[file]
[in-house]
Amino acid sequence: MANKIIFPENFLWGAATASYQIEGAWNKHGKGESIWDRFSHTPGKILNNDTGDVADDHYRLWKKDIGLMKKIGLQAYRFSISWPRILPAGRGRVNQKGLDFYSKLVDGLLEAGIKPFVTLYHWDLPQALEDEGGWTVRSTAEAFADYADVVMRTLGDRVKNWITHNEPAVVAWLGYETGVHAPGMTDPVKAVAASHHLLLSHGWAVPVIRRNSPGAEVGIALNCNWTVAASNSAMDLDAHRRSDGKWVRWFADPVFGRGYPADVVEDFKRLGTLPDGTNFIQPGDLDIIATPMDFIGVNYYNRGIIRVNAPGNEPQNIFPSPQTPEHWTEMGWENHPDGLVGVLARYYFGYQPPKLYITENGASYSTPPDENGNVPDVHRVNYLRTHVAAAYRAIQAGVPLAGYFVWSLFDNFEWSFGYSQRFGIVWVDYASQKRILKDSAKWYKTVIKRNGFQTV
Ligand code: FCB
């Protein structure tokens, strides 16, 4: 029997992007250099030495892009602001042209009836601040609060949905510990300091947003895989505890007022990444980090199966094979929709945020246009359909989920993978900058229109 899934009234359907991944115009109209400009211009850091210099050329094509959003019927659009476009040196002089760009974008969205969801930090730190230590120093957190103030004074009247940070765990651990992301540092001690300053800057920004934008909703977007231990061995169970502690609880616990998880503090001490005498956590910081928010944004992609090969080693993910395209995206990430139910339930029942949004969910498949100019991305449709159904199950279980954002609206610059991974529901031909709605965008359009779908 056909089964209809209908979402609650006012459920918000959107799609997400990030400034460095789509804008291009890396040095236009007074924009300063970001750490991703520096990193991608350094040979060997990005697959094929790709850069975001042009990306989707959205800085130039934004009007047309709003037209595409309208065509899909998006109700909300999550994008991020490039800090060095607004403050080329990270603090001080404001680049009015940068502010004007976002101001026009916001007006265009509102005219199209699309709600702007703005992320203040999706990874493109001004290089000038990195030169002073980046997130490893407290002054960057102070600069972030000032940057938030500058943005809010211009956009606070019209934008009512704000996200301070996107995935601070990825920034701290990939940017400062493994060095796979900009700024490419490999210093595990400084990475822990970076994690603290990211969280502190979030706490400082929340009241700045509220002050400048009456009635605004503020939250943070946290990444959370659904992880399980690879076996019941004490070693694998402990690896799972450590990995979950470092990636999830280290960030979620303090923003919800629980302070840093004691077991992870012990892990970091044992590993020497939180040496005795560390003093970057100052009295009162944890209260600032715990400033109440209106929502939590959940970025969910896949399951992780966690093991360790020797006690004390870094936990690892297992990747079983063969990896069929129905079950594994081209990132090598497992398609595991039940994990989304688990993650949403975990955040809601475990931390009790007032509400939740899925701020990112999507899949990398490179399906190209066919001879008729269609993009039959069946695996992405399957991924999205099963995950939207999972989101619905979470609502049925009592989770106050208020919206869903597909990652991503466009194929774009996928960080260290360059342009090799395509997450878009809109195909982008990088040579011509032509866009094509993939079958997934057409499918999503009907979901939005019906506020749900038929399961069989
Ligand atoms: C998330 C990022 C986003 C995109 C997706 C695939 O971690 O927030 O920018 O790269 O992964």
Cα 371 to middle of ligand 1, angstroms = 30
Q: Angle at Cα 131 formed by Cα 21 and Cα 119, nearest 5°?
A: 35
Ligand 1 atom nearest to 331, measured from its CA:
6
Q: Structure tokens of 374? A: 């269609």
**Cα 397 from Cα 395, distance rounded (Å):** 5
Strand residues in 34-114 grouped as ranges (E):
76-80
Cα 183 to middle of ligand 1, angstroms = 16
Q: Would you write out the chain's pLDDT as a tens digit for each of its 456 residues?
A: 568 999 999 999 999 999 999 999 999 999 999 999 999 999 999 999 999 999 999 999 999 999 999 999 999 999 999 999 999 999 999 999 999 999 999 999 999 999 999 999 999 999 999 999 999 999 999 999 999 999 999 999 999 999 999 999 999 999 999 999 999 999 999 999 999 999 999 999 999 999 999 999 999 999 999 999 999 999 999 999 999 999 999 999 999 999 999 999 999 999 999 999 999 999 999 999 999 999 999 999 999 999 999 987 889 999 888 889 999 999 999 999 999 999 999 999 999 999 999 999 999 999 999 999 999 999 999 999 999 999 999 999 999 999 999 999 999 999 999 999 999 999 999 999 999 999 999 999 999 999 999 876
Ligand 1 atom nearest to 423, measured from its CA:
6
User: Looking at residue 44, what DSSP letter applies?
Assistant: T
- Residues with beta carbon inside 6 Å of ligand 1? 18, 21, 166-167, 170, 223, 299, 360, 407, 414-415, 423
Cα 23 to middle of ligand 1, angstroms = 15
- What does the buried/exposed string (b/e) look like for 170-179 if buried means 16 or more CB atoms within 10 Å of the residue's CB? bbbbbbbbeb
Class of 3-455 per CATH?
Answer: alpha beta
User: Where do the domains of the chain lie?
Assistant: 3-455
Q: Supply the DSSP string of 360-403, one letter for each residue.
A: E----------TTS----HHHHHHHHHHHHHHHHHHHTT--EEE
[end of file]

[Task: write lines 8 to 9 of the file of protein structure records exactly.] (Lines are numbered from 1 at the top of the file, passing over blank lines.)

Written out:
A: 35
Ligand 1 atom nearest to 331, measured from its CA: